Emotional release and permission to express oneself safely enhances relationships and helps builds a connected rather than competitive community. The reverse generates anger and insecurity.
6 – Build on spiritual strength
Aim to relate with love and truth as hate spurs anger and revenge has no gains.
‘An eye for an eye makes the whole world blind’ (Mahatma Gandhi)
Listen well and gain the other person’s perspective, working towards forgiveness. Forgiveness is never about letting the other person off the hook. It’s more about you letting go of the burden of holding on the anger indefinitely, which would eventually have repercussions on your mental and physical health.
Make a goal every day to be better than what you were the day before.
7 – Self-worth versus stuff
For many people, there is more emphasis on acquiring stuff. Acquisitions do not make us better people or build inner strength and confidence, the lack of which creates anger. There is more joy in things we create than buy and discard which is common in the current throw-away culture and excessive consumer choices. Possessions do not define our worth but things we create does. We may spend a lot of our time choosing from the 20 brands of biscuits in the supermarket rather than the pleasure of eating a few biscuits we have baked ourselves. As they say, less is more.
The least angry people are not the ones with the most money but those who appreciate the beauty and goodness around them.
8 – Integrity and humility
Parents can help children avoid lies by treating their desires with honesty and respect. If parents lie, they are setting an example that this is an acceptable coping strategy. Lies are like sand, they cannot create a solid foundation, only a shaky and insecure one. There will be anger when the sandcastle eventually topples. Anger often dissipates when one senses the truth in one’s motives and authenticity of passion.
We all like to take credit for our achievements but the truth is nobody succeeds on their own. Recognise and appreciate others contribution. As individuals, we grow and flourish when connected to the larger flow of a family and community
9 – Model love and respect
Children learn something from textbooks but more from the examples and character modelled by the significant others around them. Live what we want our children to learn. Children will be less angry and will flourish if they are respected and not asked to undertake something that the parents would not undertake themselves.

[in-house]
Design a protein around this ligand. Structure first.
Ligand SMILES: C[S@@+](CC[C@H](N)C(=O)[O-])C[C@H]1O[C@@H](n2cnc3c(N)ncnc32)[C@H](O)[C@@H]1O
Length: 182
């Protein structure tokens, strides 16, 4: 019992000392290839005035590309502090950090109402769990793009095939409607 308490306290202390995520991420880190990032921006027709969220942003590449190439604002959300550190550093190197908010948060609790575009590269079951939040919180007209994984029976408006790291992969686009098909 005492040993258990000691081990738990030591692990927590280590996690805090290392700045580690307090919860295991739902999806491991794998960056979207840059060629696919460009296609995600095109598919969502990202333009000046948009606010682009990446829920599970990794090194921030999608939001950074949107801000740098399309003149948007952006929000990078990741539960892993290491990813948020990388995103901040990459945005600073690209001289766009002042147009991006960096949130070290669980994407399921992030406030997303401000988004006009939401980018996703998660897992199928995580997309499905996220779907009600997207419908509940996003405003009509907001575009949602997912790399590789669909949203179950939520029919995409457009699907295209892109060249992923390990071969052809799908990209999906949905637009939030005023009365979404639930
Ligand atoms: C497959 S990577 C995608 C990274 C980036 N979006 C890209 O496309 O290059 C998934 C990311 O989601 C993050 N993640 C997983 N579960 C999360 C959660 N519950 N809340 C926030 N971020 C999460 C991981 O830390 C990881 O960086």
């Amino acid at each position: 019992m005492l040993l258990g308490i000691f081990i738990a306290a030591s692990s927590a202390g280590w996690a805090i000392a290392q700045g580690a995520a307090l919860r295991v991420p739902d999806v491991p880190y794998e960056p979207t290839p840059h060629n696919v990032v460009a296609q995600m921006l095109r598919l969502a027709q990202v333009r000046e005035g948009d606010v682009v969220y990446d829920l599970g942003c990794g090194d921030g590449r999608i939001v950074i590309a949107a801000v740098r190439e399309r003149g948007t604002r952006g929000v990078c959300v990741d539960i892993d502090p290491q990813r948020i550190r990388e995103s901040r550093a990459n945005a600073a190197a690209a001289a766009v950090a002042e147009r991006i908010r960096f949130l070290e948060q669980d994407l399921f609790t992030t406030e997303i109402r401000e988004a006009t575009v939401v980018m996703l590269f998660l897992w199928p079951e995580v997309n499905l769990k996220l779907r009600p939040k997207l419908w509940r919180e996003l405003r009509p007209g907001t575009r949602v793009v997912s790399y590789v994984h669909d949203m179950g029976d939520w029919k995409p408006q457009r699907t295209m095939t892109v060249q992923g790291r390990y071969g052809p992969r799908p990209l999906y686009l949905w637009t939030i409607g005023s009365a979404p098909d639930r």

Often, we are too engrossed in leaving a material inheritance or legacy- the house, business or jewellery and do not have time to consider the ethical or moral legacy; the parenting style and messages that foster love and respect. The lack of this often resounds for generations and causes much anger and sadness.’ My mum never hugged me or said she loved me because that is how she grew up. My grandma was the same’. Love does not necessarily need words, it can be expressed in actions such as not making them feel they are a burden or sacrifice, instead, showing them that they are your ultimate joy and pleasure and priority in life. People sense our love as well as our distraction and resentment of them simply by the look in our eyes, expressions and by our daily actions.
‘An ounce of practice is worth more than tons of teaching’ Mahatma Gandhi
10 – Acceptance
Discrimination means we choose not to see the value of people who may appear different to us rather than viewing people with dignity and seeing the good in them. Learn about difference and be open-minded and curious about different cultures.
As humans, we all have imperfections and weaknesses, which make us angry, but a simple gesture of love and tenderness can set off a transformation that diffuses the anger. Focussing on someone’s shortcoming and criticising may backfire and bring about a defensive or rebellious reaction. In contrast, giving praise, admiration, gratitude, generosity and encouragement will promote positive behaviour.
‘When you point a finger at someone, you have three fingers pointing back at you’ Mahatma Gandhi.
Instead of looking at what is wrong with others we need to look at how we can become better human beings and make a difference to people and the planet. Look beyond labels and find good in all. Look for commonalities rather than differences which foster anger. Ultimately, we are all outsiders to someone or another.
Finally, anger is like electricity, if used well it can fuel you to move forward and get to a better place. But if we abuse or misuse, it can kill us.
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This article is inspired by the book- Gift of anger by Arun Gandhi- Grandson of Mahatma Gandhi.
Hansa Pankhania is a Stress Consultant, Trainer, Speaker.
She is the Author of:
She Is a Fellow of the International Stress Management Association and has worked with over 100 companies nationally to promote the natural wellbeing message.